A large segment of the populations facing up across the Atlantic – the core Trump and Farage supporters – have had enough of short-term working; the insecurity of zero–hours contracts, the worship of corporate convenience; of appearing numbers on a list; of being told to be grateful for having employment regardless of whether it allows them to entertain any meaningful participation in the society they contribute to, or even the means to simply make ends meet. Jobs are routinely chased down to the lowest global denominator in a cracked record of a system that spits them out in short order to a condescending job service and spiteful benefits provision – all the while to the script of a political and media backlash where they’re told it’s all their fault anyhow.
The banking crisis, years without meaningful pay increases, the Mac jobs; Walmart taking out competition in small town America like a colonising commercial army and subsequently dictating all the peace terms are just the tip of the iceberg of recent times: surface expressions of a complexity increasingly portrayed in black and white terms (literally as well as metaphorically) and with the blame constantly attributed to the victims – the easy targets; those awkward citizens with no self-regard or manners, the ungrateful, the undeserving, the uneducated, the immigrants, the flotsam of hard times; the price worth paying.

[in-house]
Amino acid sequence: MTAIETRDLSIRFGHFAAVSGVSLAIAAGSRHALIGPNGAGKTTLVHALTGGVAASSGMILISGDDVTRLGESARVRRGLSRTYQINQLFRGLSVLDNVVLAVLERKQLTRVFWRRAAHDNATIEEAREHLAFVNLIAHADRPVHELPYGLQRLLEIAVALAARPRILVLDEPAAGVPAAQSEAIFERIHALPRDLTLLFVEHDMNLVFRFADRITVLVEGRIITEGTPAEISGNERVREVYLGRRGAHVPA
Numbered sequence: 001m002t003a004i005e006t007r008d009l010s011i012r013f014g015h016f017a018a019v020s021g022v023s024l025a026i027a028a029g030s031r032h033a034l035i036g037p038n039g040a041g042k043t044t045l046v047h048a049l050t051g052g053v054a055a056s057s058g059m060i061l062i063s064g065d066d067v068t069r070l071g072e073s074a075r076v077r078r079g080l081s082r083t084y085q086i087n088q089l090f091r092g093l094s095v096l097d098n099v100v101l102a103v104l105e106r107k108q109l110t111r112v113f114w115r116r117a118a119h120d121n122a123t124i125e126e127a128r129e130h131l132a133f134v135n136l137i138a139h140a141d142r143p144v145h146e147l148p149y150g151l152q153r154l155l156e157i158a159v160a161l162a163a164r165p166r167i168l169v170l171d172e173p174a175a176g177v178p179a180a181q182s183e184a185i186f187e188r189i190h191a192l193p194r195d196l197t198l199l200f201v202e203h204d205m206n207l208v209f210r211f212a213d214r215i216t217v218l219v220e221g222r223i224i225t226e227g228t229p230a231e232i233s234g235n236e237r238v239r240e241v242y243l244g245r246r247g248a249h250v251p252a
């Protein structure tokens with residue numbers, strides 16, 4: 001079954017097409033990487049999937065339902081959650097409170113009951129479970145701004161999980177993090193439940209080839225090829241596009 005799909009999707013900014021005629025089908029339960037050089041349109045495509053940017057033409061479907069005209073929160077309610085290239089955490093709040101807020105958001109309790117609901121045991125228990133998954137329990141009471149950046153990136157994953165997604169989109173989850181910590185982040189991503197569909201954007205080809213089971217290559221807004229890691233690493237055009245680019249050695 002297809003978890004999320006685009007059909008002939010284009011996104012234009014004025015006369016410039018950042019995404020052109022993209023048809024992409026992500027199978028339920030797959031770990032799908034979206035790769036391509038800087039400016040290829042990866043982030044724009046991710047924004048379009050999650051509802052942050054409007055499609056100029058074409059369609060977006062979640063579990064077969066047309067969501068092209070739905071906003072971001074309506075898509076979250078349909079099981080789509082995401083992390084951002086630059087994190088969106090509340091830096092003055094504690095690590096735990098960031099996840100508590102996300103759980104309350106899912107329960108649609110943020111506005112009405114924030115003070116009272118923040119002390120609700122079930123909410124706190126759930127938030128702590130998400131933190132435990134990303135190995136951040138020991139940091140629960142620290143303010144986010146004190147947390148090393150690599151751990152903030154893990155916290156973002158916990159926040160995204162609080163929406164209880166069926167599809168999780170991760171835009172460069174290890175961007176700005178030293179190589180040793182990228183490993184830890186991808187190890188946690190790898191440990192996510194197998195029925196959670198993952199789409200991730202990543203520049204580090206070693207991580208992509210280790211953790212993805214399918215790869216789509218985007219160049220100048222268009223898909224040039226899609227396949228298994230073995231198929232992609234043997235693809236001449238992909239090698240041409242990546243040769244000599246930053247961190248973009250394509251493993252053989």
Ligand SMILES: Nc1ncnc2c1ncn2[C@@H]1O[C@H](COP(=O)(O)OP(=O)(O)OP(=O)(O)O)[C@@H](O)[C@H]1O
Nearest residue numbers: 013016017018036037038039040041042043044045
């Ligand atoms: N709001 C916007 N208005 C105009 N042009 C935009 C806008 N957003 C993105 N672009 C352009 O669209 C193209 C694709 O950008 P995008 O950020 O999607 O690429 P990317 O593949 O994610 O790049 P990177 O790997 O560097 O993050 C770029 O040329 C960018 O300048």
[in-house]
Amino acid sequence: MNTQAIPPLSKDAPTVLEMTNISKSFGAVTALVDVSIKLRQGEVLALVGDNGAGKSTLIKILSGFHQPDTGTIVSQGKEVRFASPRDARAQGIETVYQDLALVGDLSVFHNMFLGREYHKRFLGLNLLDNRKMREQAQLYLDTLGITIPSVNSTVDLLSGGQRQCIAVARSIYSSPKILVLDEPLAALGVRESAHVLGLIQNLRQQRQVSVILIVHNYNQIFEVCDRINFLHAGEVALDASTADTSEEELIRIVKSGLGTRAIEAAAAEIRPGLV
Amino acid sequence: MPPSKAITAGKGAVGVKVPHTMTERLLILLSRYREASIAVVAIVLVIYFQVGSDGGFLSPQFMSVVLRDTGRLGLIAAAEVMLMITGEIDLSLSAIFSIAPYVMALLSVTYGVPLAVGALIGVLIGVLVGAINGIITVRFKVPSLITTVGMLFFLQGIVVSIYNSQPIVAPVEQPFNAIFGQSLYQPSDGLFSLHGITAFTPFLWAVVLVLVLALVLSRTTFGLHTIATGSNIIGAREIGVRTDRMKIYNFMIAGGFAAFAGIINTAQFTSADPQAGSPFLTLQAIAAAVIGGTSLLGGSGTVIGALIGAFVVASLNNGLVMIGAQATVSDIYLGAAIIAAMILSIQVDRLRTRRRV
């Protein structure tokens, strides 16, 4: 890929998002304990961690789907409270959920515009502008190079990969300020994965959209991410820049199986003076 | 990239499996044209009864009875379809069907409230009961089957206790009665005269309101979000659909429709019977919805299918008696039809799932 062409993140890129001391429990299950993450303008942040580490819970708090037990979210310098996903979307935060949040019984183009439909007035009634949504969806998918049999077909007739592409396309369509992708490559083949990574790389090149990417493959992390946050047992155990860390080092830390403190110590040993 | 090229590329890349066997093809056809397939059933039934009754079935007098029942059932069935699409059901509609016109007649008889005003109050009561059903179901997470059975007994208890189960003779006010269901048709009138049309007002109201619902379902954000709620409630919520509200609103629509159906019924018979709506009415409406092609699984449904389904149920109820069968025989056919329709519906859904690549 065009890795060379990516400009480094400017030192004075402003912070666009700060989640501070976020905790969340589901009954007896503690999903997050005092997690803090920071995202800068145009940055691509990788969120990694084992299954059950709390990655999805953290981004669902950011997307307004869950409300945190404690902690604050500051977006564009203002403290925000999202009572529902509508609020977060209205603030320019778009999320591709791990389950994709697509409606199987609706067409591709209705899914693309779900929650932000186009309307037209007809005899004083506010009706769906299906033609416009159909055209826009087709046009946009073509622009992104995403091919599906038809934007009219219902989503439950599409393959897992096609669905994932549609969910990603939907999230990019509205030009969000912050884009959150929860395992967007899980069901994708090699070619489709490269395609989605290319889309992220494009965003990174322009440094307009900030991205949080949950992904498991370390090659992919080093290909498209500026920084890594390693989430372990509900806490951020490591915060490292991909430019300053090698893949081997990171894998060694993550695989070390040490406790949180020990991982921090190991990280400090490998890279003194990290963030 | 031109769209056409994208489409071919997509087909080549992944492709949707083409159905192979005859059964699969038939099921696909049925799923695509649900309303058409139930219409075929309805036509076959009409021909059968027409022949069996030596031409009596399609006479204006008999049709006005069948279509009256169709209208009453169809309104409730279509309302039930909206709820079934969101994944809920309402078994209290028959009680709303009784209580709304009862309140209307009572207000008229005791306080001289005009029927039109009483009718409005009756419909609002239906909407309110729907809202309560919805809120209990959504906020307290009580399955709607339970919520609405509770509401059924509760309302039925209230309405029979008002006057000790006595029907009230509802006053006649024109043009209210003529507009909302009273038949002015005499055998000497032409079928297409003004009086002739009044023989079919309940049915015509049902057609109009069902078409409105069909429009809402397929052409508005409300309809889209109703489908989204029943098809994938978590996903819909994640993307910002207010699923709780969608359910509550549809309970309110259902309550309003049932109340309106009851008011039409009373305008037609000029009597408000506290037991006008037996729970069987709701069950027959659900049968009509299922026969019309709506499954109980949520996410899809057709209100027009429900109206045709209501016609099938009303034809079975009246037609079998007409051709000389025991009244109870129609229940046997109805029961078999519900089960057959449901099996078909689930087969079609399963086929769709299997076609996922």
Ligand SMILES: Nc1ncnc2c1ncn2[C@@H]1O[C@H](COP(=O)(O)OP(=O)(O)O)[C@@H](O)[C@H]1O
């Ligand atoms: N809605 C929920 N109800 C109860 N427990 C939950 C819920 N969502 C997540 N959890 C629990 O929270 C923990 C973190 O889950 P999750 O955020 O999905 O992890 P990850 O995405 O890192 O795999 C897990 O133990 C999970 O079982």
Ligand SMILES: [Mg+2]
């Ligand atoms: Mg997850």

No Gain Without Pain
As these people pay that price – always being at the forefront of the fallout from global economic crises, systemic ‘mistakes’ and engineered redundancy – the world’s wealth is being hoovered up to an unprecedented degree by the few, reflecting how the game has moved on; leaving emblematic industrial towns full of people as obsolete as any rusting factory works.
Resentment is exacerbated by a market philosophy warped by attitudes and political input that decrees the only people who justify or actively need an incentive, or who are allowed to entertain aspirations, are the rich and professional. These people from no state, these citizens of the world who provide another dimension to greed; where the deal and instant gratification far outweigh any responsibility to anyone other than their own hubris and bottom line. In a world where it’s never enough to make a good profit any more… you and your kids don’t even get the minimum wage, decent education or basic services.